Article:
Fear and Loathing in Las Vegas is a 1971 classic that starts off with this dude having about 80 pounds of different stuff to make someone drunk, high and demented at once, along with an attorney. They also decide to let a hitch-hiker slash regular hiker have a ride as they’re on their way to Vegas. What they’re supposedly going to Vegas for is to report on a car race, but what they’re more interested in is getting wasted and hooked up. They’re basically looking out for the supposed American Dream. But to survive in Vegas, you have to be crass, mean, and a cheat. And the protagonist, who we don’t find out even his last name of till way later on, is willing to take a poke at it.
I am going on unresearched assumption, but I get the impression this book is read in some high schools, and it’s a more interesting and gripping read than others of the sort, like, say, Things Fall Apart and The Great Gatsby. And I can imagine a lot of gasps and laugh-out-loud moments if any high schools did any live readings like my English classes did with Shakespeare. But you know? There are exemptions, like To Kill a Mockingbird and Lord of the Flies, but most veteran classic books have something grave about them I don’t like. In university I’m learning about how we as different societies create and decide what is natural and what is deviant. Maybe I myself am a prime example of liking books from my generation, not another one. But that’s not to say I don’t have honest and justifiable criticisms in this review of mine.
I guess you could say every story has some kind of lesson, no matter how miniature. If there’s a picture book about a fish winning a race, it says even a little flounder can get first prize; if someone gets a tattoo with unprescribed ink, a bad zit might grow under there. I’m not saying Fear and Loathing in Las Vegas doesn’t have a message. If anything, by one-fifth of the way there, it basically says, “Try not to party too hard or else you’ll get the worst headache possible”. It’s more along the lines of what the actual characters learn, or don’t learn.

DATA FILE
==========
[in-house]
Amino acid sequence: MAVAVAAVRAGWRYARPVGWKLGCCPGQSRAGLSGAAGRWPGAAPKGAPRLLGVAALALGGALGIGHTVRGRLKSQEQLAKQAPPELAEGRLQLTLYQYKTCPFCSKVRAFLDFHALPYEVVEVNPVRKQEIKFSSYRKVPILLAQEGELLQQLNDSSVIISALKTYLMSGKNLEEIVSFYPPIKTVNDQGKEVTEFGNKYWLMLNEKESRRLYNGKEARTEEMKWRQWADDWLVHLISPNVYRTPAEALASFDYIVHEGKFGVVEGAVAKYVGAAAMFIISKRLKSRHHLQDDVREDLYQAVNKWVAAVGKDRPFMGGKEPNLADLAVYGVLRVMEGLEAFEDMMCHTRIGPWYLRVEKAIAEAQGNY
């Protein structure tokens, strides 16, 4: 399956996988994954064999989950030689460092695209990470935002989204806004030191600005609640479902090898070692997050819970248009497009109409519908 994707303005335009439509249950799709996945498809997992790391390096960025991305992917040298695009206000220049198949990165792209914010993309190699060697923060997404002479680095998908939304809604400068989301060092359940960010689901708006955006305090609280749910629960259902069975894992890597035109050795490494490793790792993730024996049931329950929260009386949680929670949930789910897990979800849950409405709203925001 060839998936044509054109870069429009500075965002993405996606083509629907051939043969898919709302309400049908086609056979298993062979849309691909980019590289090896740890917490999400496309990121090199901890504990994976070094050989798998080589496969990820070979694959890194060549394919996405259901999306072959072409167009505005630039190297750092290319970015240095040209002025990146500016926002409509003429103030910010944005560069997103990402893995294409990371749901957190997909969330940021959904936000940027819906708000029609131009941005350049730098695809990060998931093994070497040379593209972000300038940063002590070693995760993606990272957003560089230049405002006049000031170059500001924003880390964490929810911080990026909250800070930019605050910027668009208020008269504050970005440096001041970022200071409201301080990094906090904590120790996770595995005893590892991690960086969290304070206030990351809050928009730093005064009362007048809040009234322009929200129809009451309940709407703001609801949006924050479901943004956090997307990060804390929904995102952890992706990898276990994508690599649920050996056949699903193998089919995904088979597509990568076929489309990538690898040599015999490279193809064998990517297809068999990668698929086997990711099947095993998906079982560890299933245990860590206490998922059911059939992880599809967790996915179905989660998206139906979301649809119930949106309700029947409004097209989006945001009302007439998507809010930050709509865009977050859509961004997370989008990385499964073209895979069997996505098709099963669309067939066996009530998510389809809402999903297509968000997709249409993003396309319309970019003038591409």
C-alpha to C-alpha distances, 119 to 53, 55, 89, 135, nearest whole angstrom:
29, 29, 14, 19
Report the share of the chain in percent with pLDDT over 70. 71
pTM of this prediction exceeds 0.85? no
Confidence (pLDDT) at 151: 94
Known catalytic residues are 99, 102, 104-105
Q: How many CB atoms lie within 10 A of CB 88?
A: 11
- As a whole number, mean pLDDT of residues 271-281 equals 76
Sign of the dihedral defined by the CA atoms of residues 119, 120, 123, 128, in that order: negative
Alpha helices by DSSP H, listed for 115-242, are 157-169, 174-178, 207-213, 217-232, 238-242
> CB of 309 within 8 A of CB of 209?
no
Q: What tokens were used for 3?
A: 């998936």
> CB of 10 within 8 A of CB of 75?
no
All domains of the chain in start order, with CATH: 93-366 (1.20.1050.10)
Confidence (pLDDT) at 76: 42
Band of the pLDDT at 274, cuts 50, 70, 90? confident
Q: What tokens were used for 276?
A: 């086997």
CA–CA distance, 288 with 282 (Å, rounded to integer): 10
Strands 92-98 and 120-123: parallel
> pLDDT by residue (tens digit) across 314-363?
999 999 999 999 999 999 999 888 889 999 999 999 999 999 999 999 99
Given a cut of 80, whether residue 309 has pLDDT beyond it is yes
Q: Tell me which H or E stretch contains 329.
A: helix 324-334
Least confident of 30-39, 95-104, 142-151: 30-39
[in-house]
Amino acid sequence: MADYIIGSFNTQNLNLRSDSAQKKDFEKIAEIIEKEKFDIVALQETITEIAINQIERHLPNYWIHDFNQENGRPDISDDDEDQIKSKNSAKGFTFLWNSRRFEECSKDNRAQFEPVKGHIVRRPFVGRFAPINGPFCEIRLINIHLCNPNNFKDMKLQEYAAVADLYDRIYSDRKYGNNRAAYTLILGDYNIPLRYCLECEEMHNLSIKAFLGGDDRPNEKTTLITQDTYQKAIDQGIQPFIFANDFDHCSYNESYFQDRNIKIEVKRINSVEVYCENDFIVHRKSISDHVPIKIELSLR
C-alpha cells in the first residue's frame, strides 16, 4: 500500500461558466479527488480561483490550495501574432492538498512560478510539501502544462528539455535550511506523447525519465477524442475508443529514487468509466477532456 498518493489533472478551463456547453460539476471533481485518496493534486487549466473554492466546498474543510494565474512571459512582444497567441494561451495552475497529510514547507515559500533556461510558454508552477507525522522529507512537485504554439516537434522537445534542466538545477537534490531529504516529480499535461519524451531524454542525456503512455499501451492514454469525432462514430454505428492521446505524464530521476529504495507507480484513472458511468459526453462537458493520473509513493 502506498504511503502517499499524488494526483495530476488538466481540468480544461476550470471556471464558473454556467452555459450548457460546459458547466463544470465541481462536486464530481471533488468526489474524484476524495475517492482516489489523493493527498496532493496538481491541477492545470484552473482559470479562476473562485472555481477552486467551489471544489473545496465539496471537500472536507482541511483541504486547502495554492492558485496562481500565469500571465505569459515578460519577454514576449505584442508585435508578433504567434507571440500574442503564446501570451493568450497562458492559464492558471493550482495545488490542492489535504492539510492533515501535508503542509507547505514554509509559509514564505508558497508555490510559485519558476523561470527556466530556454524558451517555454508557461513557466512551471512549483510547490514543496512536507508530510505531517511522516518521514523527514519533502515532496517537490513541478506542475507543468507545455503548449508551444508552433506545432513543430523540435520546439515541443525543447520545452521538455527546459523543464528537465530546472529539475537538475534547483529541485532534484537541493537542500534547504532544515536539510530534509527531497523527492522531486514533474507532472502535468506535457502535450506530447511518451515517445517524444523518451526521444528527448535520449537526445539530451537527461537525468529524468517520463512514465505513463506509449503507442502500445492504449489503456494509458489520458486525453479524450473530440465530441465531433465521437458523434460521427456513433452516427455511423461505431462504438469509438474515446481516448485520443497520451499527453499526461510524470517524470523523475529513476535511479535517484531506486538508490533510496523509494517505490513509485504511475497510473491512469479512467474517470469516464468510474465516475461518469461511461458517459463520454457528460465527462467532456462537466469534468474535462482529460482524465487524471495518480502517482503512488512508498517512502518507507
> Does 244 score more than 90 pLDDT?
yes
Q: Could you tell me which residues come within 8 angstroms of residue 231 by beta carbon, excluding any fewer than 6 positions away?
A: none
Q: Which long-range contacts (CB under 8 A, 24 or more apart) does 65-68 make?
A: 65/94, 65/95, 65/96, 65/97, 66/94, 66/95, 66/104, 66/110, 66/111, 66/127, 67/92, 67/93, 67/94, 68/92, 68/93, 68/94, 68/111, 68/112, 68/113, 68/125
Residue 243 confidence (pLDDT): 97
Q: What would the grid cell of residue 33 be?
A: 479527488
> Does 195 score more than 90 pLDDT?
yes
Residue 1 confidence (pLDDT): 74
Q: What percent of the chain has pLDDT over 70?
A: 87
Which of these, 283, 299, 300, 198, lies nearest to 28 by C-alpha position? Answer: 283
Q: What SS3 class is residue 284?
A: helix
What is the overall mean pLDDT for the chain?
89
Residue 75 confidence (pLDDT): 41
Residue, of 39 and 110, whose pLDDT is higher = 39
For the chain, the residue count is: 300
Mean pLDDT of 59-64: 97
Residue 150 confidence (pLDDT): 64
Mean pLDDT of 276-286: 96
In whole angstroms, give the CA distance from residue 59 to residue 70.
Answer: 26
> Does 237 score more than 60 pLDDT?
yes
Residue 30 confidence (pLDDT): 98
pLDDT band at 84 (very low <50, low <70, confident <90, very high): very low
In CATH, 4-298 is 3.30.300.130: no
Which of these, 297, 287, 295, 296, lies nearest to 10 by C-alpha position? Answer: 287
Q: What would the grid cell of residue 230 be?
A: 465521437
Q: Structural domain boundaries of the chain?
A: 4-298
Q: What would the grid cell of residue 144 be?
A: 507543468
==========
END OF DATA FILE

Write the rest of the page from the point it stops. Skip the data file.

What turned me off from the book was its refusal to choose a destination and stick to it. It’s true that in parties and in Vegas, especially if you’re not with a care in the world and searching for the American Dream, a lot can happen, and some destinations can end up all for naught, but when the protagonist goes to a big conference because it could be a big bust, and they carelessly leave because it’s boring, what’s left to do really?
It was also annoying how so many fears of what could happen are disregarded. The end result, looking back, feels like a clutter-up of different events that each have a similar feel, because in Vegas, there’s supposedly only one way to function. It was sometimes fun reading about all the crazy things, but they end up like a cup full of protons, with no electrons or neutrons to make them spark, attract, and connect to one another. You could even call this book anti-progressive.
This fifty-year old classic disregards regular book format to focus on two dangerous nincompoops shamelessly intoxicating themselves to the point of schizophrenia. There are a lot of fun and treacherous adventures Duke and his attorney go through, yet somehow even at just 200 pages, the book is simply exhausting.
But lastly, I got this book from a friend who asked me to review it for her. I feel bad for giving such harsh a review, but if she still decides to read it, I hope she finds the obtuse and rampaging misadventures of the main man and his attorney more funny and enjoyable than I did.